10 plates for 16€! I've not been able to find them in the States for less than maybe $30/plate, oysters being a luxury item and all.

It also pleased me to think that the little bit that we gave in support of the organisation was probably better managed than at a lot of the equivalents here.

Tuesday, January 15, 2008

The Frenchie makes me laugh because in a lot of ways he's just like me. I remember a couple years being all outraged because the VCR (that I'd bought used from an ex coworker) had crapped out after 10 years. I'd vowed never to buy another again because stuff isn't made to last. Eventually, my roommate at the time who worked for some big programmable TV/DVD tech company brought some amazing NASA-built model home from the lab. Very nice of him. Especially since I can now hook up the DVD player my Mom gave me to the nearly 25 year old TV I coopted from my brother when he joined the Navy.*

Around Christmastime, the Frenchie's clothes dryer died on him. Down we went to his laundry room to check stuff out. Not only did we find a broken ball bearing in a sensitive place, we were also treated to a free dead bird in the exhaust vent. After both these issues were resolved, it was determined that the dryer had more serious issues. Since the Frenchie had paid a decent sum for it just 20 years ago, he was pretty anxious to find the parts and fix it himself. It took a bit of soul-searching and comparison shopping to get him to even consider my advice to "laisser tomber."**

Just after New Year, we were wandering around Versailles when something sparkly in a window caught my eye. "Pretty," I mentioned in passing. Wondered what proportion of my rent the trinket would set me back if I were to do something rash. Then...enlightenment!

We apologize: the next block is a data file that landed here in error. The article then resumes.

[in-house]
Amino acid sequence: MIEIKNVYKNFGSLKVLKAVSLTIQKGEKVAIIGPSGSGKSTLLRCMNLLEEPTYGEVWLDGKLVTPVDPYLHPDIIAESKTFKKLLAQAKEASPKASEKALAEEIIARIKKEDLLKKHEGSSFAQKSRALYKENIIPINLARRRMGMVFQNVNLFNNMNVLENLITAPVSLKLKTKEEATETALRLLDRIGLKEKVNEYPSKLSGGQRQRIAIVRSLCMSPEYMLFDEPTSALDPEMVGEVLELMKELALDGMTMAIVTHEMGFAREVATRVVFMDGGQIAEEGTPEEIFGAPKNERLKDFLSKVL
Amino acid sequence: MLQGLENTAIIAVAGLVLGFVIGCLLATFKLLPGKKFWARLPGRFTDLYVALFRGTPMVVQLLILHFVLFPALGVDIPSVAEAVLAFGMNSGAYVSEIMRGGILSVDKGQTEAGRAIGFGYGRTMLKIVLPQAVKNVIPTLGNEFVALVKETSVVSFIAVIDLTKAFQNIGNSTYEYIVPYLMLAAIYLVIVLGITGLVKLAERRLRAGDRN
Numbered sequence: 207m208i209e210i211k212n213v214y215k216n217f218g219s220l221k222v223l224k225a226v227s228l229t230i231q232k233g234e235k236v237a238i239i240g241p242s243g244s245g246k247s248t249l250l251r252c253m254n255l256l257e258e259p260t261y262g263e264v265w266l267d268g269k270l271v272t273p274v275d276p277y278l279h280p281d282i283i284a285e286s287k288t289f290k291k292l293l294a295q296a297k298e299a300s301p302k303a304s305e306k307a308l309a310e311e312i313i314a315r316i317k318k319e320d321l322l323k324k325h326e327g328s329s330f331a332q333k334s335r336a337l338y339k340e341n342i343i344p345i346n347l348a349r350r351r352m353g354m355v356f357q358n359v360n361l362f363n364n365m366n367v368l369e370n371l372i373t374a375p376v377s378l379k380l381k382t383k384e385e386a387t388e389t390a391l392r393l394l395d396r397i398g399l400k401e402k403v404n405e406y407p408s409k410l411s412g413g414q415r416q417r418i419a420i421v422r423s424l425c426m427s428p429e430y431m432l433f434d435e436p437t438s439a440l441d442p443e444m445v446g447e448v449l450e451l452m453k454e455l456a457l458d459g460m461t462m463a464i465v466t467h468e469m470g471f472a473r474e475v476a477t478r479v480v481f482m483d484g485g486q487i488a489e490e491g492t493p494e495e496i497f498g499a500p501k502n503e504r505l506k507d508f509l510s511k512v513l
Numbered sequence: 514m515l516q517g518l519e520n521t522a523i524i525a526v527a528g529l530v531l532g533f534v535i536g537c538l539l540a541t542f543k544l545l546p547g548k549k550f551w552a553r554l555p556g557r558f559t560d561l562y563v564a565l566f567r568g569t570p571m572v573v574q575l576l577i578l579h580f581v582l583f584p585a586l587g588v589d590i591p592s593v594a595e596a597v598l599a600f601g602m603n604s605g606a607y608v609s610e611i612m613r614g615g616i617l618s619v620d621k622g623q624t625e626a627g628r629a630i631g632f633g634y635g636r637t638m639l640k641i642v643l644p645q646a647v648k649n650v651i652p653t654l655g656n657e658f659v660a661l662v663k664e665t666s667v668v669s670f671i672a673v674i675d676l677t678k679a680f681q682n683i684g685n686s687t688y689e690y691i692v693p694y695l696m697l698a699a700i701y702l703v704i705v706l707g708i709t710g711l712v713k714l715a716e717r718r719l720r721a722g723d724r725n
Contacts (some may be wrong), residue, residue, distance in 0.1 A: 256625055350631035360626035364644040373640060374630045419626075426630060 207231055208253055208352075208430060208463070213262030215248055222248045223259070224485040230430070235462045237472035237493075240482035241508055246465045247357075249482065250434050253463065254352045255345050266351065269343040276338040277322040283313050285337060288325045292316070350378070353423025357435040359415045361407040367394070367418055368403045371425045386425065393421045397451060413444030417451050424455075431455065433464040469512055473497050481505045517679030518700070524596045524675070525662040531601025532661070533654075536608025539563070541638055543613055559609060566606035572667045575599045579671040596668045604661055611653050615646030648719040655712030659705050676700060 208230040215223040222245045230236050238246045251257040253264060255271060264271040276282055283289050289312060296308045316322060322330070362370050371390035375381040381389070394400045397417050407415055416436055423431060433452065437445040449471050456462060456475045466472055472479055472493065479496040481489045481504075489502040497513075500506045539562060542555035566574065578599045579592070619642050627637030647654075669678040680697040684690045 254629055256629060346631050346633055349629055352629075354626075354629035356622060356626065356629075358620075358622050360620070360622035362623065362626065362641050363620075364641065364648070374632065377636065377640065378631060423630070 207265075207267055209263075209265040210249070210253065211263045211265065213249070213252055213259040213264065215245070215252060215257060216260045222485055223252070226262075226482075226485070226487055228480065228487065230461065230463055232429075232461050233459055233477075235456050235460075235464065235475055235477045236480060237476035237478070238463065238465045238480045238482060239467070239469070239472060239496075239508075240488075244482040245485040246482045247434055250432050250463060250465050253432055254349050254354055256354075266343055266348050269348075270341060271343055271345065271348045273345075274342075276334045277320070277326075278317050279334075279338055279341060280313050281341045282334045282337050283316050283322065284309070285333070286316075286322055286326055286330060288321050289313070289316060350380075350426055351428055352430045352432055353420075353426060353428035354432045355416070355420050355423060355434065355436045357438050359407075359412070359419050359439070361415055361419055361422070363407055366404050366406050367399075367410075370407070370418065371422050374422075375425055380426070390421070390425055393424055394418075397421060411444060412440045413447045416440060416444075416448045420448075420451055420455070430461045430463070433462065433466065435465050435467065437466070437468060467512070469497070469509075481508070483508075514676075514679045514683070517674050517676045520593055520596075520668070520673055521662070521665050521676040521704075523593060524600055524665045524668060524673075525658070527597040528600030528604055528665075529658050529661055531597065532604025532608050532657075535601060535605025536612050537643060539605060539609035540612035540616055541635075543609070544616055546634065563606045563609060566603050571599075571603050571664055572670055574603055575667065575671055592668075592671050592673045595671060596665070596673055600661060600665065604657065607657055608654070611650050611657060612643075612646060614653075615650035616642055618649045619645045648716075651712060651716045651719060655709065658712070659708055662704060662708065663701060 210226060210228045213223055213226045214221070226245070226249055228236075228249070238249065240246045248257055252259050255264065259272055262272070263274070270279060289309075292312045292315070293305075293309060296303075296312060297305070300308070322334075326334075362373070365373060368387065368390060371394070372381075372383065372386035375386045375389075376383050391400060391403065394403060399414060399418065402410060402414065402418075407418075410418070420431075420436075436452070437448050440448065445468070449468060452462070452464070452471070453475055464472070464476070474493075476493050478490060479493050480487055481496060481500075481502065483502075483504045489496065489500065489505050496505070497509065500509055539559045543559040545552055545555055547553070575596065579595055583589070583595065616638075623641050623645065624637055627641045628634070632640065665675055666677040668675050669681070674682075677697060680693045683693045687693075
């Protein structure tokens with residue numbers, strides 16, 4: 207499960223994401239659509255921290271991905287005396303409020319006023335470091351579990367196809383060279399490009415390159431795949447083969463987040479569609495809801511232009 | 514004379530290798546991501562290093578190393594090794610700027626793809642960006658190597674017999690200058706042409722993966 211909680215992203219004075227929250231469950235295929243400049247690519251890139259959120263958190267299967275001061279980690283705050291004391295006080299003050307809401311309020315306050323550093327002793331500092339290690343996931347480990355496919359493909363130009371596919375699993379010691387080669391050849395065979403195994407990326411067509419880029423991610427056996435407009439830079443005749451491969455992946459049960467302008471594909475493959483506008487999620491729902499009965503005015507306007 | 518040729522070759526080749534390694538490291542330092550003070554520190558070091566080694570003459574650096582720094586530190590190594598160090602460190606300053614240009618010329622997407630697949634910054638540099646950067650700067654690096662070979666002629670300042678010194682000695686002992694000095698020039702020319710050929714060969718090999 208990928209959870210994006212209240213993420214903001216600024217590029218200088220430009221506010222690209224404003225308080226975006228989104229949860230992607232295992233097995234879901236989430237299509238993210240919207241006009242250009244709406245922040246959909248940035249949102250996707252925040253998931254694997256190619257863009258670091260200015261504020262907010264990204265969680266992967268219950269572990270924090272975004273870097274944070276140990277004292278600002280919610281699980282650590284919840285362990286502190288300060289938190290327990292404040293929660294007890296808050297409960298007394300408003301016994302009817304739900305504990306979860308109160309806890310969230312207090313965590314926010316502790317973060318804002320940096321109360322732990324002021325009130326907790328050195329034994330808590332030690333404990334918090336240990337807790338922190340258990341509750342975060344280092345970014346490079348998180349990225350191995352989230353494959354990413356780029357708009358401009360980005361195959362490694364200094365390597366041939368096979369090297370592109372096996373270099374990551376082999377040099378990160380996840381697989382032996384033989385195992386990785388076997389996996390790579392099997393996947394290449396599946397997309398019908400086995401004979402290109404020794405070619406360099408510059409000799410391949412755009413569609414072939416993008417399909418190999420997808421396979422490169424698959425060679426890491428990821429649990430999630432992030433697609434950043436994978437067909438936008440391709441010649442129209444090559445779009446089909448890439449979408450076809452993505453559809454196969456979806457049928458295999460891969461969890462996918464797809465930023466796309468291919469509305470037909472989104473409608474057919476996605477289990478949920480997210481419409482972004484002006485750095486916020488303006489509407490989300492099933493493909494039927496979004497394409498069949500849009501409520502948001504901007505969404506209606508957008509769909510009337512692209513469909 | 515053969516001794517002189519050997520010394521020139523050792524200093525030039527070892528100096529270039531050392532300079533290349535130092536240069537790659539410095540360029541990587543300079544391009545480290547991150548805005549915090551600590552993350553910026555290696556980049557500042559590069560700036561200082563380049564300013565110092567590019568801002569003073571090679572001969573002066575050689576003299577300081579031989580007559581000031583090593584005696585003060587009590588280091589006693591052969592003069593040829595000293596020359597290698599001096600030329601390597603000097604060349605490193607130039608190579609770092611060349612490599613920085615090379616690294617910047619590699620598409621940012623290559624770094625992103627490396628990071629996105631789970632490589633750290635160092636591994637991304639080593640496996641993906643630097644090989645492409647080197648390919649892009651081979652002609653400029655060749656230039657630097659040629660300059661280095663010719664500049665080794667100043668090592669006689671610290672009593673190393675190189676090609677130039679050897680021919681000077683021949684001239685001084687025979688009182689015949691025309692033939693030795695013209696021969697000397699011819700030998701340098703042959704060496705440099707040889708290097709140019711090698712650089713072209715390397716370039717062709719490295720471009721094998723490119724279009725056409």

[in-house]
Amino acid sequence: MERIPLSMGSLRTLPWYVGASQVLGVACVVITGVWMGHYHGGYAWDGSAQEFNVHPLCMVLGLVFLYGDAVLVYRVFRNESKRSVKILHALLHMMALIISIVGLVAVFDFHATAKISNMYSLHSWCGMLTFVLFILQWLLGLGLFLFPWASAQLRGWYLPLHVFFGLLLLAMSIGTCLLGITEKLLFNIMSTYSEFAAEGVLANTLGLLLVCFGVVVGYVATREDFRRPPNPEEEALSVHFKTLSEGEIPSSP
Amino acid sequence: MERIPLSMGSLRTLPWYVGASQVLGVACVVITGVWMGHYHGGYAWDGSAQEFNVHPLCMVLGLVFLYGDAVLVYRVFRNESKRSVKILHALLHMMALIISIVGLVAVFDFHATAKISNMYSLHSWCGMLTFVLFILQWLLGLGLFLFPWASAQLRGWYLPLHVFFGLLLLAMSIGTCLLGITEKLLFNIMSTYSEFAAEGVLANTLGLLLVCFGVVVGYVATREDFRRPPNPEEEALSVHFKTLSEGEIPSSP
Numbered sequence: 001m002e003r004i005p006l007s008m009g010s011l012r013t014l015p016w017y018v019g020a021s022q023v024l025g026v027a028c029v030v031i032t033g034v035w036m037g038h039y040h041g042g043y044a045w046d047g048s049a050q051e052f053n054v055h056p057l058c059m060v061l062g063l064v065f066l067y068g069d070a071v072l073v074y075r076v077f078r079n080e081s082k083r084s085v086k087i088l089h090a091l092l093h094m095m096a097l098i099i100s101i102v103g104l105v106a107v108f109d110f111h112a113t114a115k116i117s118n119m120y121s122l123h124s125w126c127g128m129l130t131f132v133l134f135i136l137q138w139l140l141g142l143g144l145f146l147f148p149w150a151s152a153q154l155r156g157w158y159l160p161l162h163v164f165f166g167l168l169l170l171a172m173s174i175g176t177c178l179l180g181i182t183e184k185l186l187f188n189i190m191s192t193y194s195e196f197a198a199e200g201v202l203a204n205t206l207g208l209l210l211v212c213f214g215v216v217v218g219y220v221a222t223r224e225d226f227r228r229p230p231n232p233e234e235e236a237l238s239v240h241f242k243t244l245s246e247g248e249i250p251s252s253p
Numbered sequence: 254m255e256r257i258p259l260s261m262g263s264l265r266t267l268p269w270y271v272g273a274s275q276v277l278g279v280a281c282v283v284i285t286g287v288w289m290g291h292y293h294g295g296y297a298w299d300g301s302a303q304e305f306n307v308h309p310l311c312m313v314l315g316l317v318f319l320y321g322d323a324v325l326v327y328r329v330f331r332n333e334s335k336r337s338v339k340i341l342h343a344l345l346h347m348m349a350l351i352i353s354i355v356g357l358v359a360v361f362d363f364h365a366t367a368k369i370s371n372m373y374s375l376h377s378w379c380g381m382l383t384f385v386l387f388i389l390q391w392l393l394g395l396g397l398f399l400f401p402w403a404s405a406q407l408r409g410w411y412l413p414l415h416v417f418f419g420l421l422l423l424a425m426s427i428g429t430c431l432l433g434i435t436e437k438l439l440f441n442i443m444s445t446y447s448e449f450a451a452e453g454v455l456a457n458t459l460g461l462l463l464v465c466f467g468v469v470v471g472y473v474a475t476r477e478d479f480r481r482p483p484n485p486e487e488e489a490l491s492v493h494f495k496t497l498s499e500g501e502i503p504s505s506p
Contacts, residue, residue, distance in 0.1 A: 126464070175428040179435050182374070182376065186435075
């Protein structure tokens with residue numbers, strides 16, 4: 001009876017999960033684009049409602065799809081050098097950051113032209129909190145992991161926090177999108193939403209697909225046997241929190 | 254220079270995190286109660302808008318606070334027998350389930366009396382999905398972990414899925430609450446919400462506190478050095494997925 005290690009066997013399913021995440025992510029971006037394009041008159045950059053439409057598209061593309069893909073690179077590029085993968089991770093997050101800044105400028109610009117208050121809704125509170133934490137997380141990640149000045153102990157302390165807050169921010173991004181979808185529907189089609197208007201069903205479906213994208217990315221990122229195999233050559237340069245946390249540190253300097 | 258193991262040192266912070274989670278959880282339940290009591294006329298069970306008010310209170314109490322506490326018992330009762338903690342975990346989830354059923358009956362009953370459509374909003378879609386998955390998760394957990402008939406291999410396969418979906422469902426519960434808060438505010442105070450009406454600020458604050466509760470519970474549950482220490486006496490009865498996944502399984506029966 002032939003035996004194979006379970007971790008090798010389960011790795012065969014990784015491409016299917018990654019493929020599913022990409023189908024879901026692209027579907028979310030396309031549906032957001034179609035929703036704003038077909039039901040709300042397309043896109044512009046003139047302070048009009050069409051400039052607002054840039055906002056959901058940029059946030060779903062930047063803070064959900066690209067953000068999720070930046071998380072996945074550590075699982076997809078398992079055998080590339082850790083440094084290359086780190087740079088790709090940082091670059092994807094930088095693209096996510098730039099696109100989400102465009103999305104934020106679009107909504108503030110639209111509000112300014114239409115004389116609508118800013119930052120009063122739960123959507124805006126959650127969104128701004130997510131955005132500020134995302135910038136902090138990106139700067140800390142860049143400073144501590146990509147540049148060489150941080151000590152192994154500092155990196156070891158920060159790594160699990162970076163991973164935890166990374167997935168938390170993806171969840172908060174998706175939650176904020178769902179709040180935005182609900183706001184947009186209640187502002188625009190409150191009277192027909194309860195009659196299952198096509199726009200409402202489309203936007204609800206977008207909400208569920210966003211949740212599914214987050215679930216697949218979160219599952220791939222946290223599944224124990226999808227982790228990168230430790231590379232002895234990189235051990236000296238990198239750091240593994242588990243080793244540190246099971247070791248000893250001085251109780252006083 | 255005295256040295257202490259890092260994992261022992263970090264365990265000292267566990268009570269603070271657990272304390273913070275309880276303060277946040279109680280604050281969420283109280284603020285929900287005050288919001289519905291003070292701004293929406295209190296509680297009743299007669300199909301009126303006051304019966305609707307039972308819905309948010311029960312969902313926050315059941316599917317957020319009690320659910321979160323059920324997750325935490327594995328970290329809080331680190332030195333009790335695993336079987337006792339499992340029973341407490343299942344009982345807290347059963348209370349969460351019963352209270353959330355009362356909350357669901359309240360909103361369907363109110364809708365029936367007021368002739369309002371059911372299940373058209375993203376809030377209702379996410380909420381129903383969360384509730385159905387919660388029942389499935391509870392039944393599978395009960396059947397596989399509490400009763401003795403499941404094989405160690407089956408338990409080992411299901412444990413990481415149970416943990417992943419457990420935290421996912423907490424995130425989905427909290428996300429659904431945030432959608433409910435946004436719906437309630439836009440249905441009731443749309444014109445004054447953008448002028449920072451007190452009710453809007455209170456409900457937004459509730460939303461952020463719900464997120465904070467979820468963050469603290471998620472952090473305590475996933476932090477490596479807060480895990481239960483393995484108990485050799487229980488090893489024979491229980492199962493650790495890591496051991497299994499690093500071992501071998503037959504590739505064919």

"Hey, Frenchie," I asked. "What did you do with the old ball bearing?"
"It's in my desk drawer; never know when it might be useful."
"May I have it? And could we go to the mercerie to pick something up before going home?"

At the Versailles equivalent of Windsor Button, I got about 3/4 of a meter of waxed cotton cord in what the nice lady called khaki (actually, I think it looks olive-colored). Stopped at the bakery to get some bread and a galette des rois, then headed home.

It was my turn to cook, so I sent the Frenchie up to his office to find the ball-bearing and clean it. When he was finished, he gave it to me and I knotted it to the end of the cord like so:

Sorry for the glare, had to use the flash.

Told me that mine was better than the original, and not just because I saved myself several hundred Euro.

The original. It's nice, but who would pay nearly $500 for that?

I think he was tickled to know that his 20 year old dryer and its five-year-old ball bearing didn't die in vain. I'm tickled at all the compliments I get on my new necklace even before people know the story behind it.


* Hey, where would anyone plug in a TV on a sub, anyway? I'm going to be so out of luck when we switch over to digital signals in...'08? '09? because I just can't see myself going out and paying what they want for a new TV.

** Though he promised to buy a new dryer, I think he's still scouting out parts. Once a mechanique, always a mechanique, I suppose.

Gare du Nord.

Returning was really hard this time around. I've been back for about a week, but have been too tired/uninspired to write. Part of it's the weather, I'm sure. Part of it's jet lag. I miss my friend, too, of course.

We both were really tired out - him from school and home, me from my before vacation adventures. Did manage to complete some household projects and to get into the big bad city for a bit. Next visit? February break in New England for the Frenchie. I'm saving my time and pennies for a springtime in Paris jaunt.